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Reference Number EP/G027633/1
Status Completed
Energy Categories ENERGY EFFICIENCY(Transport) 2%;
FOSSIL FUELS: OIL, GAS and COAL(Oil and Gas, Oil and gas combustion) 2%;
Research Types Basic and strategic applied research 100%
Science and Technology Fields ENGINEERING AND TECHNOLOGY (Mechanical, Aeronautical and Manufacturing Engineering) 100%
UKERC Cross Cutting Characterisation Not Cross-cutting 100%
Principal Investigator Professor P. G. Tucker
No email address given
University of Cambridge
Award Type Standard
Funding Source EPSRC
Start Date 09 June 2009
End Date 07 December 2012
Duration 42 months
Total Grant Value £90,277
Industrial Sectors Aerospace; Defence and Marine
Region East of England
Programme NC : Engineering
Investigators Principal Investigator Professor P. G. Tucker , Engineering, University of Cambridge (99.993%)
  Other Investigator Professor Dame A Dowling , Engineering, University of Cambridge (0.001%)
Dr TP Hynes , Engineering, University of Cambridge (0.001%)
Dr CA Hall , Engineering, University of Cambridge (0.001%)
Professor R Cant , Engineering, University of Cambridge (0.001%)
Dr S (Sergey ) Karabasov , Engineering and Materials Science, Queen Mary, University of London (0.001%)
Professor N Peake , Applied Maths and Theoretical Physics, University of Cambridge (0.001%)
Professor W (Bill ) Dawes , Head office, Cambridge Flow Solutions Ltd (0.001%)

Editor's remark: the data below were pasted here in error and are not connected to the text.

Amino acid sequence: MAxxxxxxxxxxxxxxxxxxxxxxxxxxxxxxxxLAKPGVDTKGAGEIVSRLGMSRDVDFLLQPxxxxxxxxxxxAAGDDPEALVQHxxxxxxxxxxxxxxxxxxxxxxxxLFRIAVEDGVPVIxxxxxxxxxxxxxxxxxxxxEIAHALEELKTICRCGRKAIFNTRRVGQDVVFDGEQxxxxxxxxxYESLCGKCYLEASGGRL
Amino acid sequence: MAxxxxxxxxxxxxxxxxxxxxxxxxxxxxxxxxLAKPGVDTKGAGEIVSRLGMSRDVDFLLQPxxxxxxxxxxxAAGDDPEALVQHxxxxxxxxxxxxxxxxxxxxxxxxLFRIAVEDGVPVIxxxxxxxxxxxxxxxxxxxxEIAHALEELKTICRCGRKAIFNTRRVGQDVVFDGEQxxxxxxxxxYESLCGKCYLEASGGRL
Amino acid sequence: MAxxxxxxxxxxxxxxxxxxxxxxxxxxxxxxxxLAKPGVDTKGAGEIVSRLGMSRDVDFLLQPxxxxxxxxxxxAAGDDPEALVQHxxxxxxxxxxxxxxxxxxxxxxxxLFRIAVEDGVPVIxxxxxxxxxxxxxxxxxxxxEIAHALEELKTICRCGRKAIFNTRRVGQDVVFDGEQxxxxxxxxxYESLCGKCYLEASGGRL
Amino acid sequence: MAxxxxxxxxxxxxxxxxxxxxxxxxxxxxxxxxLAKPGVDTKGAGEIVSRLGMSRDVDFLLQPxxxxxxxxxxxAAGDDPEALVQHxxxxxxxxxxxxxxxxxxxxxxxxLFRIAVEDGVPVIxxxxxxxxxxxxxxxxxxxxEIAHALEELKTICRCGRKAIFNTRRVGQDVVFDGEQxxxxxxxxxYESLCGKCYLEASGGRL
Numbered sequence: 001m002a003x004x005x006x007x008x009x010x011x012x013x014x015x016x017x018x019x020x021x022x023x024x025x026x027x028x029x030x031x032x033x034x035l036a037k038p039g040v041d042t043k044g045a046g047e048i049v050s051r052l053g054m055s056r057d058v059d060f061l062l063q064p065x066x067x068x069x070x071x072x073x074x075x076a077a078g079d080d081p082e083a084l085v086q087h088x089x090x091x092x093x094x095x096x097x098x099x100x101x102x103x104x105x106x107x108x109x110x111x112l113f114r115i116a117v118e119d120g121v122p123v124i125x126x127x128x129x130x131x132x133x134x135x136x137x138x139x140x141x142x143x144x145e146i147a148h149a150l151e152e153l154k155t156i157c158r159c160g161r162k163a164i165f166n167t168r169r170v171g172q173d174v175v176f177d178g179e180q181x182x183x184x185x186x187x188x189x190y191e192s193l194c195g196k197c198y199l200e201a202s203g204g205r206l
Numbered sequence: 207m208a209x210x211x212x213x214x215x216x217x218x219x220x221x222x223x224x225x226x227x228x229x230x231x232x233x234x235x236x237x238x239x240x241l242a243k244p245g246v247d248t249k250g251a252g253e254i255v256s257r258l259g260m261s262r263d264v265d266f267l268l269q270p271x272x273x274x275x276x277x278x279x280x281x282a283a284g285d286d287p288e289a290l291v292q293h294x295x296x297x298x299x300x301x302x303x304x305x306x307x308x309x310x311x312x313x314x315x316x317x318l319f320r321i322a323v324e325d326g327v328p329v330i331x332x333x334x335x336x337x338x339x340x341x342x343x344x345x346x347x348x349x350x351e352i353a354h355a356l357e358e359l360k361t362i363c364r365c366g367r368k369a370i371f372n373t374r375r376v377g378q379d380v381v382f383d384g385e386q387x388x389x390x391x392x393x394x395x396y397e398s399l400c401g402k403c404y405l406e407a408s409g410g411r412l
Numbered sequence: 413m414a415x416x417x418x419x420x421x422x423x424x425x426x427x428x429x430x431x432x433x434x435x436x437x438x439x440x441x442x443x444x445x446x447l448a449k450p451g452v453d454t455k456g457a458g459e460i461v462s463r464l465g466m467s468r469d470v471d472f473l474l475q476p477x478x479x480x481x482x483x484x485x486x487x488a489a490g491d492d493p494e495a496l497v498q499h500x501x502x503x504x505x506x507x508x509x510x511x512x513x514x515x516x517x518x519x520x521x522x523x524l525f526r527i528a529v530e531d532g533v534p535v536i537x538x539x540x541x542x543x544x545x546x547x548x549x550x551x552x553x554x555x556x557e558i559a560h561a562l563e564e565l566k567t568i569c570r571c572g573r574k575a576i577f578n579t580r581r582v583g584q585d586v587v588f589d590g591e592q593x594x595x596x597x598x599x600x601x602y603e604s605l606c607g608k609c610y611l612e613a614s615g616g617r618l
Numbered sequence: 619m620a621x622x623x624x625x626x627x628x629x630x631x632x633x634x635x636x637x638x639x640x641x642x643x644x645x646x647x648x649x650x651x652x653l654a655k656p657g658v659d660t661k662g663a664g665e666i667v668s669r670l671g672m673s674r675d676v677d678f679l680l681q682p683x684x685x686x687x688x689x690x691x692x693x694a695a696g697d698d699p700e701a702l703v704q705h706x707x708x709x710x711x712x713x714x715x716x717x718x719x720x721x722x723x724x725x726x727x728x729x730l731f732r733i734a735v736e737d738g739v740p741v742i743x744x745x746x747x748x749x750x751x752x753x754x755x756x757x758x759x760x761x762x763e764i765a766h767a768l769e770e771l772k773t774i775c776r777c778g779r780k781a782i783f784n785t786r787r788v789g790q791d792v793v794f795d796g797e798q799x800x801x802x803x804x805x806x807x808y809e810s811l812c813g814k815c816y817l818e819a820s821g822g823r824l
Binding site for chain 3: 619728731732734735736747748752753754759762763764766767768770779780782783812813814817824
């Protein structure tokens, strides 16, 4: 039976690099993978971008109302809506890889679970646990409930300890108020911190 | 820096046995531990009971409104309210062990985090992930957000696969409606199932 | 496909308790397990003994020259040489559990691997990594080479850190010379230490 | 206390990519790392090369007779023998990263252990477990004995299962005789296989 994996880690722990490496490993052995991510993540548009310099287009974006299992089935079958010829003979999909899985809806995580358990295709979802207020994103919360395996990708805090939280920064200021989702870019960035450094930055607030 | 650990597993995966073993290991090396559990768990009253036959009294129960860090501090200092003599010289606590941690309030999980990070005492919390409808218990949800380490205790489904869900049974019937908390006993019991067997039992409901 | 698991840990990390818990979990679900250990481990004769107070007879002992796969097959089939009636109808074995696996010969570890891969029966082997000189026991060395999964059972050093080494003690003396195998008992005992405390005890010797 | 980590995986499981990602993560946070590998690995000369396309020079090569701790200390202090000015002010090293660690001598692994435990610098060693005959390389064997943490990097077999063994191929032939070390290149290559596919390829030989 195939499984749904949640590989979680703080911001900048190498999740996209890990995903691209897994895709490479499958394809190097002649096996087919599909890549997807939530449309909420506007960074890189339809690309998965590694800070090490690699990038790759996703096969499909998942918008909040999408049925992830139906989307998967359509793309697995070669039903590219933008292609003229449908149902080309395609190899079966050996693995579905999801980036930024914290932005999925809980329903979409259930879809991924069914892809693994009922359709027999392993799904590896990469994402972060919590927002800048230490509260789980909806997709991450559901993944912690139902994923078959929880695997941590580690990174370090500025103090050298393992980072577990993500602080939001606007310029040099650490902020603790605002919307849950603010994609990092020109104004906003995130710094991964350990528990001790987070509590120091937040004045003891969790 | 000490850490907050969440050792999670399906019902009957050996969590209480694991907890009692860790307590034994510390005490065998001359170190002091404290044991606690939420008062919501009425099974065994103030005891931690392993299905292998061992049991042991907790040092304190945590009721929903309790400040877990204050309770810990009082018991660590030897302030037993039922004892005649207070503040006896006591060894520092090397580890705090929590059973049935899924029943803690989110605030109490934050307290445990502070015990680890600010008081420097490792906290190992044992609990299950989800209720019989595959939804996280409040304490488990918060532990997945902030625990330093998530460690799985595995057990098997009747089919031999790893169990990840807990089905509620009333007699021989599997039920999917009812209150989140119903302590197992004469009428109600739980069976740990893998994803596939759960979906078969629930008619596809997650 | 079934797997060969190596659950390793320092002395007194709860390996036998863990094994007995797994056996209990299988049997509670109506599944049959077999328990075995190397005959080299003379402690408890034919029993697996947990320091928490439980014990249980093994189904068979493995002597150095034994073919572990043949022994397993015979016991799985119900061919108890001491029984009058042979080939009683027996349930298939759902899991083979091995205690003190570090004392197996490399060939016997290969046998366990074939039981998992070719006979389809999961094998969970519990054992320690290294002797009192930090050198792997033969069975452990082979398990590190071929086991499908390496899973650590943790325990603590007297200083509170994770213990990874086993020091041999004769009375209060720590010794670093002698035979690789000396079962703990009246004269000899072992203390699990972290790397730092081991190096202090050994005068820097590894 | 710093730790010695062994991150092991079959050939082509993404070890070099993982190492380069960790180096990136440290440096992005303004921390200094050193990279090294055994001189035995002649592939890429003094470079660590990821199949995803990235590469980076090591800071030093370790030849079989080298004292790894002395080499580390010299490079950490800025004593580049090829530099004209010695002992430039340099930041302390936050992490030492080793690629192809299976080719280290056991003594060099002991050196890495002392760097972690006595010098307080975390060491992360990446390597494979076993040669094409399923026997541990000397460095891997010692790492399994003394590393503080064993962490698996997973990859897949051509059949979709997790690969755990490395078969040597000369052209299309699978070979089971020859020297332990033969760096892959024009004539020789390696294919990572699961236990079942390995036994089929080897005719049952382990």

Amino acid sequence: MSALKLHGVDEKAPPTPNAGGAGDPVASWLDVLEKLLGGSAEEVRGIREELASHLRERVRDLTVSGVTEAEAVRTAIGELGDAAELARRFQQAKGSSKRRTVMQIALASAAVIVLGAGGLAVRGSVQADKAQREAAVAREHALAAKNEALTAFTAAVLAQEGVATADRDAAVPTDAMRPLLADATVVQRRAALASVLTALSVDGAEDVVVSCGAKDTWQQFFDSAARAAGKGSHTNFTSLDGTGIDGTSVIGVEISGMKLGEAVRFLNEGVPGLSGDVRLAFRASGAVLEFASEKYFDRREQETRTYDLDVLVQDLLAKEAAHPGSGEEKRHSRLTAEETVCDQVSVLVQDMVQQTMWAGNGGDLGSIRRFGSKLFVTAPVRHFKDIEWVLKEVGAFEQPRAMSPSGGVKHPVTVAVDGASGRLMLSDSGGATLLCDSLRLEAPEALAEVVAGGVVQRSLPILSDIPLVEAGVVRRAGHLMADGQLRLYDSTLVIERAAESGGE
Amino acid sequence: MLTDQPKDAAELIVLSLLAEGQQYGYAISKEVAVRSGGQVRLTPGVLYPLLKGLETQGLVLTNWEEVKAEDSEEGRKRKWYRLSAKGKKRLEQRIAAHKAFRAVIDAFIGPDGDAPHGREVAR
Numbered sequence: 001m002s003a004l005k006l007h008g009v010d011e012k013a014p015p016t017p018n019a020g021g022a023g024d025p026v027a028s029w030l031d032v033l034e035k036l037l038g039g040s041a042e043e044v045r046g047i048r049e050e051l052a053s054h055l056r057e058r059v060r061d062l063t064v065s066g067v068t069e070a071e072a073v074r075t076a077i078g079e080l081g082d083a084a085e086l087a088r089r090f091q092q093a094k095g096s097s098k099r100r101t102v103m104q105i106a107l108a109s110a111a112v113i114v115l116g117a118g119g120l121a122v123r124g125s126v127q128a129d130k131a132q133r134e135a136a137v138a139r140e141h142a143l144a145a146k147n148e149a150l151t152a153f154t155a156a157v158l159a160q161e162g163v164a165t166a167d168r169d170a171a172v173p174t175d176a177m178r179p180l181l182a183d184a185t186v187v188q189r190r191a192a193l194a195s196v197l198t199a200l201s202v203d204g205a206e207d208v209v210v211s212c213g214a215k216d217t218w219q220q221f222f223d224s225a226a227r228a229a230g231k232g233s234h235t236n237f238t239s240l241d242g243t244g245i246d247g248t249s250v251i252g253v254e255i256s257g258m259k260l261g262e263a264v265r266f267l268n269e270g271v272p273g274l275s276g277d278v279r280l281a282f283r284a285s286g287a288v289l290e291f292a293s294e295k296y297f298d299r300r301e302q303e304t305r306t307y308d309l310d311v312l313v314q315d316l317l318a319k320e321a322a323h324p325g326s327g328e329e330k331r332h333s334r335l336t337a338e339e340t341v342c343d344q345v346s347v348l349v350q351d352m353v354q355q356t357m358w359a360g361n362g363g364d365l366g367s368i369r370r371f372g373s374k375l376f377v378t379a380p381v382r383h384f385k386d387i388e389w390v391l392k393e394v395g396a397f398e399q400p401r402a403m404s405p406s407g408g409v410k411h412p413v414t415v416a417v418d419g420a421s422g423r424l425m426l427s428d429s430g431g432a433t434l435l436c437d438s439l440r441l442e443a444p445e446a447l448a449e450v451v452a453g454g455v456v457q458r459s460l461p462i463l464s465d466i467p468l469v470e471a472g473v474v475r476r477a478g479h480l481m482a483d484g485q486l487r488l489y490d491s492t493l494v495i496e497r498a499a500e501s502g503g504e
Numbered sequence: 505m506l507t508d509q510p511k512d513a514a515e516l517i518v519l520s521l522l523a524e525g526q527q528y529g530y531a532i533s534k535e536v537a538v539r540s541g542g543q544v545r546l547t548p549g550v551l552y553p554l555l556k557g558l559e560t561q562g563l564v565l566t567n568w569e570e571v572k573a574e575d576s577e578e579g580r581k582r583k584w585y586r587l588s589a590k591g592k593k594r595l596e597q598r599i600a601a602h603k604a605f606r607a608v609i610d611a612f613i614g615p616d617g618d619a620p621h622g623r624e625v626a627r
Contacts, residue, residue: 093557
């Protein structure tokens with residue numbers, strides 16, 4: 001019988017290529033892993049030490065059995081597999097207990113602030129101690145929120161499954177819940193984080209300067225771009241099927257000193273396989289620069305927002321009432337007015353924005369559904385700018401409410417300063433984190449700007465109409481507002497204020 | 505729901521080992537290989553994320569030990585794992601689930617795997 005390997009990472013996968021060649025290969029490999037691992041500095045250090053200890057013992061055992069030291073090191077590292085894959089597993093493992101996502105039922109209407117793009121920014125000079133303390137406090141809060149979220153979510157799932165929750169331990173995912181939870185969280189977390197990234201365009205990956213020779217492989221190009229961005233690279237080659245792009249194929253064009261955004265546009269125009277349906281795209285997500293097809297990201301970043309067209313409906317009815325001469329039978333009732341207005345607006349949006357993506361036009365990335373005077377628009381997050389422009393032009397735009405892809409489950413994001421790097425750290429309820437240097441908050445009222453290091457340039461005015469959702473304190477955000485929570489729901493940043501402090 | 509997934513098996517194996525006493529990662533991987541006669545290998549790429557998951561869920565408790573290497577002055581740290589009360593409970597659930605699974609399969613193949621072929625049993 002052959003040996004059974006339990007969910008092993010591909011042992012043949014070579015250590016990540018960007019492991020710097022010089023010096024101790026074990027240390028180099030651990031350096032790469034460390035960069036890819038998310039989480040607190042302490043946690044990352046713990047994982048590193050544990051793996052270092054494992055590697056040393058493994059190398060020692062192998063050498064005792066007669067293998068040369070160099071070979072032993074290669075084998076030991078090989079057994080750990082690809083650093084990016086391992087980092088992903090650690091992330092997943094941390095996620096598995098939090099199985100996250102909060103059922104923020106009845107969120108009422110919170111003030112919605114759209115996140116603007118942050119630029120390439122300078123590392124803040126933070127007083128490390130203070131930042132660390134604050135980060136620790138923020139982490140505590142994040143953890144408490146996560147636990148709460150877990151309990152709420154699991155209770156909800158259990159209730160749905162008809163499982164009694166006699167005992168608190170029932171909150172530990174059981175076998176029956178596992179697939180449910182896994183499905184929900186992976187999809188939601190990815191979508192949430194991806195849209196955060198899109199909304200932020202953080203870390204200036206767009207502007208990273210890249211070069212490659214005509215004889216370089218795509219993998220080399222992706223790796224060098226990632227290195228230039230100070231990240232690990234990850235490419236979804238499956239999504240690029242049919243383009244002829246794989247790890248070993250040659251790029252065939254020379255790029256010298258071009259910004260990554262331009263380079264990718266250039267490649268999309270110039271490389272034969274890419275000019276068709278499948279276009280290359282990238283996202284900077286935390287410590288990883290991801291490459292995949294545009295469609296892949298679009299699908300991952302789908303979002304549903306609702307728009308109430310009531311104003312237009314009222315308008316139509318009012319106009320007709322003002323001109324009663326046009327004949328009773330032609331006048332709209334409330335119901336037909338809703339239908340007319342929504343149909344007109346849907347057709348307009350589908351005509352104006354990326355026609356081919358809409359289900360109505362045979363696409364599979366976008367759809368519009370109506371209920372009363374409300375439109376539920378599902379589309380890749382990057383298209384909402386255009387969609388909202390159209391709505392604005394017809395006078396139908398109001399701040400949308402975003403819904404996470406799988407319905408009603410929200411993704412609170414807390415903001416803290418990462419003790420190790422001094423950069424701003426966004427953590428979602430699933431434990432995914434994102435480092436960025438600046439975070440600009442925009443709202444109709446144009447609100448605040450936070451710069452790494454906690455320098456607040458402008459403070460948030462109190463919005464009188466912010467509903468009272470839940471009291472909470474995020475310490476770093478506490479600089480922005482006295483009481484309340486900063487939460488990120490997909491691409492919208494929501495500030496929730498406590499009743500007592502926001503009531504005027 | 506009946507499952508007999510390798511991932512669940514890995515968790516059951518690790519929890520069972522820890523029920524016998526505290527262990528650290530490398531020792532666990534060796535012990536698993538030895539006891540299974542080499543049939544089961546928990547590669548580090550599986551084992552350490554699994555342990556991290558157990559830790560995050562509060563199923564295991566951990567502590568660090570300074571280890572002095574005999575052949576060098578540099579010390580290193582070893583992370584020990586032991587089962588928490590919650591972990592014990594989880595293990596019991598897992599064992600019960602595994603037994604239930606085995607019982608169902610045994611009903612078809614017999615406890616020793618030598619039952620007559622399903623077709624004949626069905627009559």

Web Site
Abstract With the projected demand for air transport set to double the world aircraft fleet by 2020 it is becoming urgent to take steps to reduce the environmental impact of take off noise from aircraft. In worst case noise can be more than just annoying, potentially being a contributory factor towards illnesses such as hypertension. Hence, the Advisory Council for Aeronautics Research in Europe (ACRE) has set the target of reducing perceived noise levels by 50% by the 2020.A key noise source is caused by the powerfully turbulent flow field generated at the high Reynolds numbers associated with aerospace flows. Hence, the acoustician must be able to accurately predict the turbulent flow field, and its interaction, where necessary with combustion, and then manipulate it to reduce the acoustic signature. The only means of reliably predicting turbulence is through direct or near direct simulation of the Navier-Stokes equations. This, at realistic Reynolds numbers needs massive computational resources. Hence, access to the HECToR resource is sought to study various aeroengine flows/systems to produce noise reductions. The areas considered include the engine inlet rotor/fan zones, the combustor, turbine and exhaust
Publications (none)
Final Report (none)
Added to Database 22/12/08